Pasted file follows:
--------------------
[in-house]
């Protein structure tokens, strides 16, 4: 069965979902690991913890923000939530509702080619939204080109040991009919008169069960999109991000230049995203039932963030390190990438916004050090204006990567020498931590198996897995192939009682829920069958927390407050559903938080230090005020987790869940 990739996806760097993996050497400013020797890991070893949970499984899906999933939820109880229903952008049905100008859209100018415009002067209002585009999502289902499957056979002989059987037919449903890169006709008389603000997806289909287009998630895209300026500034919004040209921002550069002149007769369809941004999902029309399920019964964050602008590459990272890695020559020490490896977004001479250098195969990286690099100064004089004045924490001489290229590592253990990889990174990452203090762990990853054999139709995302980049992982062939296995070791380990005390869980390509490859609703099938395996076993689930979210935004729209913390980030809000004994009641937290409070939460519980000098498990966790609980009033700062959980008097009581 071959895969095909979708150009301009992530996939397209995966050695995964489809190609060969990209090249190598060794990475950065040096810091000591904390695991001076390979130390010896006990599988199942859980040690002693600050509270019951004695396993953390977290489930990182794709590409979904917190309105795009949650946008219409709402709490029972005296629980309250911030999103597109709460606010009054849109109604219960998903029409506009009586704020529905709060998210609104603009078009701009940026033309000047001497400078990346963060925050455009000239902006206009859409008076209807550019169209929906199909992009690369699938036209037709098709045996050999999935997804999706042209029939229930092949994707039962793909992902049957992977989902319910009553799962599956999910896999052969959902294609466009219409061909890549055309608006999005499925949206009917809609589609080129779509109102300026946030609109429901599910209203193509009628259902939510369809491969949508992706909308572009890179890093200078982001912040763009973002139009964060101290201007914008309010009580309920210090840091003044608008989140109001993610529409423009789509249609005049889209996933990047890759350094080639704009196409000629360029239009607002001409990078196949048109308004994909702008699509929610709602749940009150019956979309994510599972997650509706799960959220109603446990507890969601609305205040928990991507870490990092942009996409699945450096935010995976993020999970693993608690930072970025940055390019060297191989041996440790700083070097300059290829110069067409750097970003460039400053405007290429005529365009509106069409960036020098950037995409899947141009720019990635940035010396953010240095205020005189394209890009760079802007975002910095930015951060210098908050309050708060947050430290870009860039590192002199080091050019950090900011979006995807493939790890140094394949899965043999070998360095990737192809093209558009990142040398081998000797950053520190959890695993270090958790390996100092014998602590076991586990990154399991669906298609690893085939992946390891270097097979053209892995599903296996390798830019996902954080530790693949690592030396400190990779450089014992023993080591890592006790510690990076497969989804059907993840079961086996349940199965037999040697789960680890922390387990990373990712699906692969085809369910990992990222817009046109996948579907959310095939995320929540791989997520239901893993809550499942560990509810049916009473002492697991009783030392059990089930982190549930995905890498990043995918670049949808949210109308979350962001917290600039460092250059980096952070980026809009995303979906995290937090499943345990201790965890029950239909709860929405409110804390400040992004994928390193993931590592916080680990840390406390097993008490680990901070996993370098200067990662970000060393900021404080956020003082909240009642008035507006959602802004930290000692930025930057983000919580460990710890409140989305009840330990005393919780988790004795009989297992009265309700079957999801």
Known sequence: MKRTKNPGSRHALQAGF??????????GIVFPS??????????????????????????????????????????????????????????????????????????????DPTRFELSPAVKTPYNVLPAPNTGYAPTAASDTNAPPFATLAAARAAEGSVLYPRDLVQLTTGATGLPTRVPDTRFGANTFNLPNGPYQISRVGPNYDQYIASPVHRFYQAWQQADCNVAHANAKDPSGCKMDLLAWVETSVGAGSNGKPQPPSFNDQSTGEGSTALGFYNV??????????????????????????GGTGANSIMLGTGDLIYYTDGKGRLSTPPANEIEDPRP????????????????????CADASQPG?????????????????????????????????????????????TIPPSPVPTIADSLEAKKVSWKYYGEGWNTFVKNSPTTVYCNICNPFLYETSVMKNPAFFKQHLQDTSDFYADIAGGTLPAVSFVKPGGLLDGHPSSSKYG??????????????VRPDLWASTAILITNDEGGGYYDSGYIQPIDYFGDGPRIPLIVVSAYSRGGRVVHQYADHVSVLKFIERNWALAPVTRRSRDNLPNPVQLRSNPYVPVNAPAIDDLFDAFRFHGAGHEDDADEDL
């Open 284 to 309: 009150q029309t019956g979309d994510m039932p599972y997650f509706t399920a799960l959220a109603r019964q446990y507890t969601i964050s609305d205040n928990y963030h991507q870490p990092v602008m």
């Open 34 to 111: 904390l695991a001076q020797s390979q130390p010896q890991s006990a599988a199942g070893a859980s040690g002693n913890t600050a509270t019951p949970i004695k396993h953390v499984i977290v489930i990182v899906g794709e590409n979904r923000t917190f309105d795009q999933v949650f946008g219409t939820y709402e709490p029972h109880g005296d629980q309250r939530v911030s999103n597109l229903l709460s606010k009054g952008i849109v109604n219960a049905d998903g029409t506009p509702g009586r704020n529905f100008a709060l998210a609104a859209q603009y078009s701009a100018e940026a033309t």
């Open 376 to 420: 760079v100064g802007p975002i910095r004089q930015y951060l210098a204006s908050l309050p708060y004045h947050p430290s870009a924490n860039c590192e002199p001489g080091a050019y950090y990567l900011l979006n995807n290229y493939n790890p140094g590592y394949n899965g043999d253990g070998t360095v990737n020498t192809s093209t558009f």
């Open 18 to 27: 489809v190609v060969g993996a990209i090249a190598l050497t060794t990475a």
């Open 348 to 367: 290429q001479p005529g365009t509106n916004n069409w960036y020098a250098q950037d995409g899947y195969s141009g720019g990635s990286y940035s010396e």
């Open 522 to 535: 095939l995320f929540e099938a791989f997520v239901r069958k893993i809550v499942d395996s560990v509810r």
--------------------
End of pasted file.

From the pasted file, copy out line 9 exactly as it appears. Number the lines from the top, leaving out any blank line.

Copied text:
């Open 522 to 535: 095939l995320f929540e099938a791989f997520v239901r069958k893993i809550v499942d395996s560990v509810r």